In Debbie Weil's Corporate Blogging Book, she quotes Gerry McGovern as saying,
“Blogs can make for a more open organization that engages at a deeper level with the customer. However, blogging can require an honesty and frankness that many organizations are not used to.”
What Should I Do as a Parent?

I can almost imagine someone saying, "My five-year-old is on MySpace!" Given how much my daughter uses the internet, it is almost plausible. (Short aside: when we cancelled extended cable, we sat down to explain that we would lose the Disney channel. She said, "That's okay, I'll just use Disney.com." Crazy.)

My old school district has links to lots of WARNING articles about how THE SKY IS FALLING because of social media. Legally I understand why they have to do this. But it does feel like chicken little tactics sometimes.

Here is my advice to the parents (and grandparents) who work with me:
  1. Don’t panic.
  2. Talk to your kids about what they are doing.
  3. Help them understand the dangers.
  4. Ask them to help you create your own blog, myspace, facebook, etc.
Internet lawyer Parry Aftab told Dateline News that parents should look at their kids' sites:
Are the pictures provocative? Their profiles too detailed? Who are they talking to? And perhaps most important— have they kept their profiles private, protected by a password, to keep strangers out?
Pretty simple really.

One last quote and I'm done. And I promise I'll post the first excerpt of my book tonight after drama practice.

This from Debbie Weil's Corporate Blogging Book again. GREAT book by the way. I read it in one sitting. I can't tell you how long it has been since a book held my attention like that. She quotes Rich Karlgaard, publisher of Forbes magazine, as saying:
“Blogs are no fad. They are cheap and easy to do... People write blogs because they want to know themselves and want to be known by others and because they want their lives to count.”

Comments:
I'm for keeping kids in areas where comments are out in the open. Even as an adult, I know this keeps me thinking more deeply about what I'm willing to say... when you know the whole world is watching (or could be), it's a good thing.
 
myspace really is an abomination unto Allah. Aesthetically, it's just a roughshod, ugly pile of HTML and people get to customize it into something uglier and more roughshod! WHAT COULD BE BAD ABOUT THAT?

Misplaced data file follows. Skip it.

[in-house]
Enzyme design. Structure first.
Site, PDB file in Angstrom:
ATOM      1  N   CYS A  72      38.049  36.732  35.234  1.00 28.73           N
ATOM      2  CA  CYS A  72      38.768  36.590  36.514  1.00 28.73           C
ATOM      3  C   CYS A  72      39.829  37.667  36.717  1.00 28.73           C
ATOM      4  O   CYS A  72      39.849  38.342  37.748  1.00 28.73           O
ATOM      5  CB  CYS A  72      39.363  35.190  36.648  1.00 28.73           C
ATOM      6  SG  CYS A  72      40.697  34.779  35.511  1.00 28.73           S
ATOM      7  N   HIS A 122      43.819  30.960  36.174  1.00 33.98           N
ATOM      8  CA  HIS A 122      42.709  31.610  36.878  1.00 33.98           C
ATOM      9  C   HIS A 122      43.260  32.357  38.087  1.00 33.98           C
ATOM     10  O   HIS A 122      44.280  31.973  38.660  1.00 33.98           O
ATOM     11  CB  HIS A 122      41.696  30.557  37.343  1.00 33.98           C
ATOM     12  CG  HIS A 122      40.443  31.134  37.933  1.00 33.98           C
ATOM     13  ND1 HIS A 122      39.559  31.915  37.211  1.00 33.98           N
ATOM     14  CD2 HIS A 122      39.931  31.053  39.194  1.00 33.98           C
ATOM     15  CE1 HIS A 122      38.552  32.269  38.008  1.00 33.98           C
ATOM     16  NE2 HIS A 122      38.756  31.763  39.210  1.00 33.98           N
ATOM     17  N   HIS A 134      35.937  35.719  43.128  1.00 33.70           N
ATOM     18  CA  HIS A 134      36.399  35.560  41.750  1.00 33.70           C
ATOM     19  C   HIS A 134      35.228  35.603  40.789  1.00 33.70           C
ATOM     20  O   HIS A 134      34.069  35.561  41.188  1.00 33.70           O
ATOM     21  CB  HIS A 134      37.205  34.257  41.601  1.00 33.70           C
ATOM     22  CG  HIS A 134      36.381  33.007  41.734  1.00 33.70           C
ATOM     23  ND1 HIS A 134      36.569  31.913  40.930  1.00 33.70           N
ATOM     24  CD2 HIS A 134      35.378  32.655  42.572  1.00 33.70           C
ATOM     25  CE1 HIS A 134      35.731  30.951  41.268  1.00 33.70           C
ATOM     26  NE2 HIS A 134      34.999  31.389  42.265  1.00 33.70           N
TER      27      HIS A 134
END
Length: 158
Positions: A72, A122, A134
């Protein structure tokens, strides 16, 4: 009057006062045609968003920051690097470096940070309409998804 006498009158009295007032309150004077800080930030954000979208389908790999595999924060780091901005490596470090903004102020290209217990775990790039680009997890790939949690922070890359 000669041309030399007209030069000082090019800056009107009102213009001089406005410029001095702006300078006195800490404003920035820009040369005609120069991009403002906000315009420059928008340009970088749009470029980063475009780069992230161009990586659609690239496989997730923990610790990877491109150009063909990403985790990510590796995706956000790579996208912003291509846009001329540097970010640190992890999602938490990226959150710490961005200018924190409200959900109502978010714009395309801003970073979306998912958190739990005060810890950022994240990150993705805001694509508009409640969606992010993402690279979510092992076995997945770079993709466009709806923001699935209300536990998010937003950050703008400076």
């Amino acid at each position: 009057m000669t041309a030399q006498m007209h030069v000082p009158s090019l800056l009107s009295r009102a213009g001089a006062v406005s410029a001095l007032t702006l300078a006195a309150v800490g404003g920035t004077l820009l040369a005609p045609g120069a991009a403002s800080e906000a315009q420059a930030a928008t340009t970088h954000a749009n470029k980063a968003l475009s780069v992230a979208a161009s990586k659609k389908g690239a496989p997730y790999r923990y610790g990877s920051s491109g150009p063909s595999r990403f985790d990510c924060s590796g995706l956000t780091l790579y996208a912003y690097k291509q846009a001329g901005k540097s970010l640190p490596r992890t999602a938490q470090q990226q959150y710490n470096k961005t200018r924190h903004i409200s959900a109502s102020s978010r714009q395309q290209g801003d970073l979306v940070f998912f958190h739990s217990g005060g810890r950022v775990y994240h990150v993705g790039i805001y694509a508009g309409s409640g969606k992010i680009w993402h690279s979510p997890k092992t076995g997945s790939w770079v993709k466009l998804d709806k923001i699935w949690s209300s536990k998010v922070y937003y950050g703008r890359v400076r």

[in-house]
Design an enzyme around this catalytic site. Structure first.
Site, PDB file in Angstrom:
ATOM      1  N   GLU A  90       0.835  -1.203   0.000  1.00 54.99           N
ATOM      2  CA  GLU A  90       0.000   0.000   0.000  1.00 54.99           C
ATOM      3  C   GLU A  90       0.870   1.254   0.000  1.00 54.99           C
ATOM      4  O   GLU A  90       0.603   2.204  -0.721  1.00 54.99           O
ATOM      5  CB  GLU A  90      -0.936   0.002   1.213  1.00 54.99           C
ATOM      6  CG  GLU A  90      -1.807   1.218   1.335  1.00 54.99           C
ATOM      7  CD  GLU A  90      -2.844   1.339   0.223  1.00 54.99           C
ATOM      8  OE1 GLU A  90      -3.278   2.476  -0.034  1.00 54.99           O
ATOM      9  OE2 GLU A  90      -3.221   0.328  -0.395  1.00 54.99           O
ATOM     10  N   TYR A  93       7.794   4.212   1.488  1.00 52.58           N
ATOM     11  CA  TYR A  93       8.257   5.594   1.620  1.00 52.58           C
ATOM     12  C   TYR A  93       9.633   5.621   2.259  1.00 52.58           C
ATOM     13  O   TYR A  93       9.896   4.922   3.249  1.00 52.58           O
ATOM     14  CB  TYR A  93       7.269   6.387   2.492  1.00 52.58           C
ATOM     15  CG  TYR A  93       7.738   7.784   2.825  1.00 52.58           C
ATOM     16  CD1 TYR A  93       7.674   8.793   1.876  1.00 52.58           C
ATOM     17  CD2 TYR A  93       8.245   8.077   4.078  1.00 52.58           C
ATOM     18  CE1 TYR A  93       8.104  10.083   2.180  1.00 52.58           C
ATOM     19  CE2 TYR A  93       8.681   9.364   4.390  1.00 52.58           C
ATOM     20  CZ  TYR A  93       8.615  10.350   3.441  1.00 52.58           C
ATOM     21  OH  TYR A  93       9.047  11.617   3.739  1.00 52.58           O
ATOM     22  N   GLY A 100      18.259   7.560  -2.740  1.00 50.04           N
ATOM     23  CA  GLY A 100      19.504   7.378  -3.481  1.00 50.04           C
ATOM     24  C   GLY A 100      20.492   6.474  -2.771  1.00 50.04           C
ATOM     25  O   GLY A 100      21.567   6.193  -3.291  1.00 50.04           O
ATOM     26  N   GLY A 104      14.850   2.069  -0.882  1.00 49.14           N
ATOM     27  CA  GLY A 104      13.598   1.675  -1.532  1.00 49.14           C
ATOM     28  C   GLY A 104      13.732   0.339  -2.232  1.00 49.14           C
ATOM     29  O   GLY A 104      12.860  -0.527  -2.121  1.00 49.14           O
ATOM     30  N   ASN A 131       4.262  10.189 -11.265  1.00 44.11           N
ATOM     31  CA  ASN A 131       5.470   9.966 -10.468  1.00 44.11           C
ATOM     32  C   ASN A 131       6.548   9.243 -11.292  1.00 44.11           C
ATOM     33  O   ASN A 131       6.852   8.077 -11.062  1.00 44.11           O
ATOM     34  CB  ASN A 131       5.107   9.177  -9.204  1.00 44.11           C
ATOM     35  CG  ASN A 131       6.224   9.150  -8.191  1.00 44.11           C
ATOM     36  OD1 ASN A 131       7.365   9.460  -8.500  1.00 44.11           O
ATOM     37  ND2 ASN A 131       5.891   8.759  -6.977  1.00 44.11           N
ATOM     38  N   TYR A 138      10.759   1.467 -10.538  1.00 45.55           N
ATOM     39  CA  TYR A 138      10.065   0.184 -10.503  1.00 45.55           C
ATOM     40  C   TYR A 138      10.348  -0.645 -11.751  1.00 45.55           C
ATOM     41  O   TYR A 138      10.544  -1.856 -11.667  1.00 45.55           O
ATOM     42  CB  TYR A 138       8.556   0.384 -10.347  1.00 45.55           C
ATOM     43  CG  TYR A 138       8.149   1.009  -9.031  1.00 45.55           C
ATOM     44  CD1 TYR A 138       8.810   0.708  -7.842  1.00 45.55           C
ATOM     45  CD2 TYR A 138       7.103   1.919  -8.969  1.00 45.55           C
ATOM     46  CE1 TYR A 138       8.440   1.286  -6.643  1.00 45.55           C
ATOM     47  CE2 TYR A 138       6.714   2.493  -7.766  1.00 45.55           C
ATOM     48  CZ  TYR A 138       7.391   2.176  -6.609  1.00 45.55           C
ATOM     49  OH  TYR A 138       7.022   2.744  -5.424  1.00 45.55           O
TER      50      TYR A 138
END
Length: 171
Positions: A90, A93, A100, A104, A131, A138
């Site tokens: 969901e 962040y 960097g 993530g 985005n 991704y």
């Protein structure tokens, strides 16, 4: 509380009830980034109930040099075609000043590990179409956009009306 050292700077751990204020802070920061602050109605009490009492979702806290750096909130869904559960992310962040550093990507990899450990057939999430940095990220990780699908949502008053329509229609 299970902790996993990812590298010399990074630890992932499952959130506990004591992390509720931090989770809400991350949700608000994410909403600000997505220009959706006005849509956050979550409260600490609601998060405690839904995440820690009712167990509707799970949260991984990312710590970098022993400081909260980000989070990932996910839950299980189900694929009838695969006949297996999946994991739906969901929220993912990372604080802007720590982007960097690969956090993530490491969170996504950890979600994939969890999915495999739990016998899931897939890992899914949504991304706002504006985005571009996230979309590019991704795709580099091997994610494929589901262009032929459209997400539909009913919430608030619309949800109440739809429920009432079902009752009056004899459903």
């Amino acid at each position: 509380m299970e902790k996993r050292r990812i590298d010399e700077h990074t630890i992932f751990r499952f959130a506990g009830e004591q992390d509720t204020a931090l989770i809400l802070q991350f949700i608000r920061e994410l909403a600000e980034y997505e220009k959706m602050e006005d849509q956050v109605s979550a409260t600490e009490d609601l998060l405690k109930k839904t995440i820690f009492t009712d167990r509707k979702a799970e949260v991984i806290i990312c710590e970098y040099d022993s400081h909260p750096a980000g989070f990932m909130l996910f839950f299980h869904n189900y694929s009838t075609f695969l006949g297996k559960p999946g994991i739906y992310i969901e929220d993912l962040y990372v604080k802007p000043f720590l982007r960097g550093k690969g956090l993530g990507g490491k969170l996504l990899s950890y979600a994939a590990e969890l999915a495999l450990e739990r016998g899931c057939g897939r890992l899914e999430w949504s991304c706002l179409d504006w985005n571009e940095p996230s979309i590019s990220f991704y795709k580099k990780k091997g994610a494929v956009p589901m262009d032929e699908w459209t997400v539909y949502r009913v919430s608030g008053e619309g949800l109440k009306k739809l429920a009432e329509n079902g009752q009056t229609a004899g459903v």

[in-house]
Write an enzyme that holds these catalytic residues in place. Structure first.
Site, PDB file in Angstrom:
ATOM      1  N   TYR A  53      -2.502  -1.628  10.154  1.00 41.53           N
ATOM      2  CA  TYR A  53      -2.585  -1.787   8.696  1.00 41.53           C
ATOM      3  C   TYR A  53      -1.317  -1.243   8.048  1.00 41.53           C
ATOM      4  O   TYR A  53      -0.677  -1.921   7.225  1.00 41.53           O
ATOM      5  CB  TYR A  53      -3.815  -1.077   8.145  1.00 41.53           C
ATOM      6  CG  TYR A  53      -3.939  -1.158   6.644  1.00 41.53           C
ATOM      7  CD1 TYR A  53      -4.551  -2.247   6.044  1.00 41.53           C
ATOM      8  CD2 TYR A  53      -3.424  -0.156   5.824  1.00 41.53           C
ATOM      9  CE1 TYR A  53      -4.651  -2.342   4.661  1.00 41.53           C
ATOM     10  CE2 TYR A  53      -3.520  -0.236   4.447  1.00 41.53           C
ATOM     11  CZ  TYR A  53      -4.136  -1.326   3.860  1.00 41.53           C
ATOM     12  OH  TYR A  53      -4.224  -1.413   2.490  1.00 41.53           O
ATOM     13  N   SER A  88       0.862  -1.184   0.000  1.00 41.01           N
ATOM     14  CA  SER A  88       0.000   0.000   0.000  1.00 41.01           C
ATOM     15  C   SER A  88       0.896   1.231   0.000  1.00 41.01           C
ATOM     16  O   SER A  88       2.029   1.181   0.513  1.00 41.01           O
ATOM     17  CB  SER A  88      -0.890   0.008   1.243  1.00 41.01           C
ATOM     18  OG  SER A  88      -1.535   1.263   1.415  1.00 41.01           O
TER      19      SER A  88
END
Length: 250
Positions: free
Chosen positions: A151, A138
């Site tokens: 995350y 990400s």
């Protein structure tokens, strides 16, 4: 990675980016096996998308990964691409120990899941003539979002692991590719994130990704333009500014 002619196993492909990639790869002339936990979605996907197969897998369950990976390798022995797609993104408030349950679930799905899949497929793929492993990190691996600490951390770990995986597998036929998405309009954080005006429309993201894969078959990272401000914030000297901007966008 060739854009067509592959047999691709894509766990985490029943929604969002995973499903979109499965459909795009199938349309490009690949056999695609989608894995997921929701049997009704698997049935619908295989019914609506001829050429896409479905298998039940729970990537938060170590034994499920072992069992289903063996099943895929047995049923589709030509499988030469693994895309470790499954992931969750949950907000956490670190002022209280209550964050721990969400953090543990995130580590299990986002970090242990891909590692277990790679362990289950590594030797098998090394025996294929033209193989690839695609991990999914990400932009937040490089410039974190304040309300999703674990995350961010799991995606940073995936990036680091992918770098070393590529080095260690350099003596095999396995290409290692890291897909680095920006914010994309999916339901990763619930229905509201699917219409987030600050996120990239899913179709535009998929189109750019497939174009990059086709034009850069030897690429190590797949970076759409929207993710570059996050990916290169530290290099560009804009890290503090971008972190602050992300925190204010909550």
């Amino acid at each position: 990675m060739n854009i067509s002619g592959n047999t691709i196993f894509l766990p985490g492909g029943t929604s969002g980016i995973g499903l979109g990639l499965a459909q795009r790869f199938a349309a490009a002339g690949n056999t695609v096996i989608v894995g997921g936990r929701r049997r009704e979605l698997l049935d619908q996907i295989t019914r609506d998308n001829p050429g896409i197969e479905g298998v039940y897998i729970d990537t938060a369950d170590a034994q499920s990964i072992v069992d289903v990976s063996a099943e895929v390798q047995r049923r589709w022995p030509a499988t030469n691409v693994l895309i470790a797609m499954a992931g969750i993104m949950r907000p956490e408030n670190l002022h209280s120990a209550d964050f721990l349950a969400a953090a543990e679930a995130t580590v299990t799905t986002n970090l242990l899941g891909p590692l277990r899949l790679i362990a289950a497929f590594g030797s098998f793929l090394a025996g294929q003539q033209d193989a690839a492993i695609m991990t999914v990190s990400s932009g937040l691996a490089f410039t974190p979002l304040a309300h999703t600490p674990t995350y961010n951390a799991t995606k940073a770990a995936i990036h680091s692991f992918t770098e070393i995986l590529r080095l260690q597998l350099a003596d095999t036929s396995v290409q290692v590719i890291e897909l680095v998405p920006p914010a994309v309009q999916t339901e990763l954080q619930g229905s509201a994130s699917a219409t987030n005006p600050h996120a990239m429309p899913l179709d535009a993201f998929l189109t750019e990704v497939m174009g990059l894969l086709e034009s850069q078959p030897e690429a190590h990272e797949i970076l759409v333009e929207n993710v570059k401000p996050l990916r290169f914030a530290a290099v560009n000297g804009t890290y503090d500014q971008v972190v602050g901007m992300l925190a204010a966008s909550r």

I think the stories about myspace are a tad sensationalistic, though, to put it lightly. I mean, I read one article where the author lamented the use of CURSE WORDS. Oh no no no, soon they'll be dancing and getting car loans with bad interest rates!

I kinda get the impression that kids feel that myspace is really THEIR thing, and that people over the age of like 35 are TOO OLD AND CREPEY to be on it. The internet is making generational divides very easy to sense.
 
Hey, just wanted to let you know that this was a great post. I'm including it in a piece that I'm writing now. BTW, here's an example of what a social media release looks like. It actually announces a "how to" template for others to write social media releases. Cheers!
 
L.L., I agree that the rules change when kids are involved. It's tricky, though, because the kids are already on the social networking sites. At least, with social media mentors they have the chance to navigate some of the mess with a little bit of help.

Matt, I definitely agree that the Myspace articles are sensationalistic. But then again, so is most news. I'm still undecided about the generational divide issue. Although my brother in law explains computer literacy as a language acquisition issue. Anyone who encountered computers after age 20 will never be fully fluent by his logic. Computers will always be a foreign language to them.
 
Brian, too cool that you posted a comment here. Thanks. I think your work is really sharp. Thanks also for the link to the sample and the link in upcoming post!
 
Great posts...

MySpace and The Facebook is just like everything else, once the not-cool kids and parents catch on, the cool kids will leave and find something bigger and better. Their attention span and desire to be trailblazers is what drives the current trend. My advice to those looking to be involved in Social Media: Try it all, get connected, and learn from your mistakes. Not because you want to "market or advertise" to youngsters on these platforms but because this is the reality and future of media. Cheers and happy blogging/myspacing!
 
I agree completely, Christi. Try it all and have fun doing it. Act in the virtual world the way you would act in the real world. Be quick to listen, slow to speak. Be kind. Treat others like you want them to treat you. And life will be (virtually) good! Thanks for reading.
 

Post a Comment | Add to del.icio.us | << Home

This page is powered by Blogger. Isn't yours?